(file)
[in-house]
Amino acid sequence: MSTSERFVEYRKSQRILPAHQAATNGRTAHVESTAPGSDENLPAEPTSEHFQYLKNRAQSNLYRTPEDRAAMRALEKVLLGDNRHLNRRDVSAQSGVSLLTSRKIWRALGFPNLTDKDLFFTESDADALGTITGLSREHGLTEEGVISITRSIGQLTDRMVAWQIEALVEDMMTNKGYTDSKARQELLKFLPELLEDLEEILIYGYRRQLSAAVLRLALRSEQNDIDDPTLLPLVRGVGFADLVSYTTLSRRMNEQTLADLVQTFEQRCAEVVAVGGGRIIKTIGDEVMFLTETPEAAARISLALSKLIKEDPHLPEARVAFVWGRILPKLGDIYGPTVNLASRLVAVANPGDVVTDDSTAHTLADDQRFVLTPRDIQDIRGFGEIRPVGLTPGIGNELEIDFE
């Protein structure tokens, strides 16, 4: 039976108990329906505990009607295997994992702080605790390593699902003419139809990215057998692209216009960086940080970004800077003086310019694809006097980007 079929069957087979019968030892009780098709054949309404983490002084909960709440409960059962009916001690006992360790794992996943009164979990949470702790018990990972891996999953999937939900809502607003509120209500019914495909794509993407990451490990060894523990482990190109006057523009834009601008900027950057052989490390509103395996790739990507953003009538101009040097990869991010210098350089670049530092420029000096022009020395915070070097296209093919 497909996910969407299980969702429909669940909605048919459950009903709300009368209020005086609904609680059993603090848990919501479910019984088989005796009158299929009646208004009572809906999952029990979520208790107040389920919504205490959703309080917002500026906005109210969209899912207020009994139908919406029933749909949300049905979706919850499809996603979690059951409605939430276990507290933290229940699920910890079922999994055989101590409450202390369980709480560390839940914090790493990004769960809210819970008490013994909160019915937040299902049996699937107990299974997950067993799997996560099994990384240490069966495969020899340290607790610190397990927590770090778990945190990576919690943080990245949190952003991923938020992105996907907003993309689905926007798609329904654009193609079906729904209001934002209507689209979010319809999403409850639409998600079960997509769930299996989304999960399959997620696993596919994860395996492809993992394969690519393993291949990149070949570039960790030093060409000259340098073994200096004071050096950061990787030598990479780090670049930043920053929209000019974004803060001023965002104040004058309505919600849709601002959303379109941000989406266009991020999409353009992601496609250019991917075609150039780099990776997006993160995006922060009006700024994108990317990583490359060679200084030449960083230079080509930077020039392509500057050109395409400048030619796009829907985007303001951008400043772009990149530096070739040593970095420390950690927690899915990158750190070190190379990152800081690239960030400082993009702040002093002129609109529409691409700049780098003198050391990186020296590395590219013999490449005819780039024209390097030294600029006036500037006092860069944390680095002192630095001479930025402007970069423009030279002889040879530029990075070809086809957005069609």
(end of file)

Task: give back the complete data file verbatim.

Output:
[in-house]
Amino acid sequence: MSTSERFVEYRKSQRILPAHQAATNGRTAHVESTAPGSDENLPAEPTSEHFQYLKNRAQSNLYRTPEDRAAMRALEKVLLGDNRHLNRRDVSAQSGVSLLTSRKIWRALGFPNLTDKDLFFTESDADALGTITGLSREHGLTEEGVISITRSIGQLTDRMVAWQIEALVEDMMTNKGYTDSKARQELLKFLPELLEDLEEILIYGYRRQLSAAVLRLALRSEQNDIDDPTLLPLVRGVGFADLVSYTTLSRRMNEQTLADLVQTFEQRCAEVVAVGGGRIIKTIGDEVMFLTETPEAAARISLALSKLIKEDPHLPEARVAFVWGRILPKLGDIYGPTVNLASRLVAVANPGDVVTDDSTAHTLADDQRFVLTPRDIQDIRGFGEIRPVGLTPGIGNELEIDFE
């Protein structure tokens, strides 16, 4: 039976108990329906505990009607295997994992702080605790390593699902003419139809990215057998692209216009960086940080970004800077003086310019694809006097980007 079929069957087979019968030892009780098709054949309404983490002084909960709440409960059962009916001690006992360790794992996943009164979990949470702790018990990972891996999953999937939900809502607003509120209500019914495909794509993407990451490990060894523990482990190109006057523009834009601008900027950057052989490390509103395996790739990507953003009538101009040097990869991010210098350089670049530092420029000096022009020395915070070097296209093919 497909996910969407299980969702429909669940909605048919459950009903709300009368209020005086609904609680059993603090848990919501479910019984088989005796009158299929009646208004009572809906999952029990979520208790107040389920919504205490959703309080917002500026906005109210969209899912207020009994139908919406029933749909949300049905979706919850499809996603979690059951409605939430276990507290933290229940699920910890079922999994055989101590409450202390369980709480560390839940914090790493990004769960809210819970008490013994909160019915937040299902049996699937107990299974997950067993799997996560099994990384240490069966495969020899340290607790610190397990927590770090778990945190990576919690943080990245949190952003991923938020992105996907907003993309689905926007798609329904654009193609079906729904209001934002209507689209979010319809999403409850639409998600079960997509769930299996989304999960399959997620696993596919994860395996492809993992394969690519393993291949990149070949570039960790030093060409000259340098073994200096004071050096950061990787030598990479780090670049930043920053929209000019974004803060001023965002104040004058309505919600849709601002959303379109941000989406266009991020999409353009992601496609250019991917075609150039780099990776997006993160995006922060009006700024994108990317990583490359060679200084030449960083230079080509930077020039392509500057050109395409400048030619796009829907985007303001951008400043772009990149530096070739040593970095420390950690927690899915990158750190070190190379990152800081690239960030400082993009702040002093002129609109529409691409700049780098003198050391990186020296590395590219013999490449005819780039024209390097030294600029006036500037006092860069944390680095002192630095001479930025402007970069423009030279002889040879530029990075070809086809957005069609």